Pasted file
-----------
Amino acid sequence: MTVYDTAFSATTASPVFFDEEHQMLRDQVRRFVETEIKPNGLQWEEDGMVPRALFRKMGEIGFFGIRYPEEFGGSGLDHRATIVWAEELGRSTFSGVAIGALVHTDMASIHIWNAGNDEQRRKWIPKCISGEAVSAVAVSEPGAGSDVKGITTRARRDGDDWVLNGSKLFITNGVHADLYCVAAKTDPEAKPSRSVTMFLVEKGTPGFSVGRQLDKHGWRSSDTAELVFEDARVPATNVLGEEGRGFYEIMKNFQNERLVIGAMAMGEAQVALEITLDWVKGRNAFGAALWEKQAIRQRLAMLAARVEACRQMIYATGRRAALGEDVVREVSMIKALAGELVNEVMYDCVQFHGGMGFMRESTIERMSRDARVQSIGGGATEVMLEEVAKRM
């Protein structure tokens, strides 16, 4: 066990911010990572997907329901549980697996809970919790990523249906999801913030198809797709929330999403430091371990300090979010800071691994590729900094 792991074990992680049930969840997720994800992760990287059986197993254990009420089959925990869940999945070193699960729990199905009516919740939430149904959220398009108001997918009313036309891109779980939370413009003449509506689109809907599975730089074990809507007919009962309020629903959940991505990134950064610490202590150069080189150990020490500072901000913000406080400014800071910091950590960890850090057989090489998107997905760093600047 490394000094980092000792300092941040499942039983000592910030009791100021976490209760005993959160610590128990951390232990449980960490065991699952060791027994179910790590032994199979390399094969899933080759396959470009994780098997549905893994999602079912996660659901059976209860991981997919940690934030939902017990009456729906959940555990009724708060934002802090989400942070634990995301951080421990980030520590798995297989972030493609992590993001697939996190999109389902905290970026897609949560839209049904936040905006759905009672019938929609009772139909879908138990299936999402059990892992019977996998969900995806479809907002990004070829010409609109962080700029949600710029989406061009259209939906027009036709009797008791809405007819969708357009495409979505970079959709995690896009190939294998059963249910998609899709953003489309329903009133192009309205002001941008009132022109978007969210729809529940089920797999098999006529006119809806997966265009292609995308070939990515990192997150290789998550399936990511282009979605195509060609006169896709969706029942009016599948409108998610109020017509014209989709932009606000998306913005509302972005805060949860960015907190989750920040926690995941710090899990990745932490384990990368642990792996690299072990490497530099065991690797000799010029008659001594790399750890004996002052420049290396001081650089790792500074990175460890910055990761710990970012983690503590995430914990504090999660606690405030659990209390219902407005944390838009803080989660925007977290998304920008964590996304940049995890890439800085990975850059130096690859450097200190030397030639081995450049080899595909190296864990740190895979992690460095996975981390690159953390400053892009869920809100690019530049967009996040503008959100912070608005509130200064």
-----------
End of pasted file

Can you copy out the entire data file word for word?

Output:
Amino acid sequence: MTVYDTAFSATTASPVFFDEEHQMLRDQVRRFVETEIKPNGLQWEEDGMVPRALFRKMGEIGFFGIRYPEEFGGSGLDHRATIVWAEELGRSTFSGVAIGALVHTDMASIHIWNAGNDEQRRKWIPKCISGEAVSAVAVSEPGAGSDVKGITTRARRDGDDWVLNGSKLFITNGVHADLYCVAAKTDPEAKPSRSVTMFLVEKGTPGFSVGRQLDKHGWRSSDTAELVFEDARVPATNVLGEEGRGFYEIMKNFQNERLVIGAMAMGEAQVALEITLDWVKGRNAFGAALWEKQAIRQRLAMLAARVEACRQMIYATGRRAALGEDVVREVSMIKALAGELVNEVMYDCVQFHGGMGFMRESTIERMSRDARVQSIGGGATEVMLEEVAKRM
């Protein structure tokens, strides 16, 4: 066990911010990572997907329901549980697996809970919790990523249906999801913030198809797709929330999403430091371990300090979010800071691994590729900094 792991074990992680049930969840997720994800992760990287059986197993254990009420089959925990869940999945070193699960729990199905009516919740939430149904959220398009108001997918009313036309891109779980939370413009003449509506689109809907599975730089074990809507007919009962309020629903959940991505990134950064610490202590150069080189150990020490500072901000913000406080400014800071910091950590960890850090057989090489998107997905760093600047 490394000094980092000792300092941040499942039983000592910030009791100021976490209760005993959160610590128990951390232990449980960490065991699952060791027994179910790590032994199979390399094969899933080759396959470009994780098997549905893994999602079912996660659901059976209860991981997919940690934030939902017990009456729906959940555990009724708060934002802090989400942070634990995301951080421990980030520590798995297989972030493609992590993001697939996190999109389902905290970026897609949560839209049904936040905006759905009672019938929609009772139909879908138990299936999402059990892992019977996998969900995806479809907002990004070829010409609109962080700029949600710029989406061009259209939906027009036709009797008791809405007819969708357009495409979505970079959709995690896009190939294998059963249910998609899709953003489309329903009133192009309205002001941008009132022109978007969210729809529940089920797999098999006529006119809806997966265009292609995308070939990515990192997150290789998550399936990511282009979605195509060609006169896709969706029942009016599948409108998610109020017509014209989709932009606000998306913005509302972005805060949860960015907190989750920040926690995941710090899990990745932490384990990368642990792996690299072990490497530099065991690797000799010029008659001594790399750890004996002052420049290396001081650089790792500074990175460890910055990761710990970012983690503590995430914990504090999660606690405030659990209390219902407005944390838009803080989660925007977290998304920008964590996304940049995890890439800085990975850059130096690859450097200190030397030639081995450049080899595909190296864990740190895979992690460095996975981390690159953390400053892009869920809100690019530049967009996040503008959100912070608005509130200064």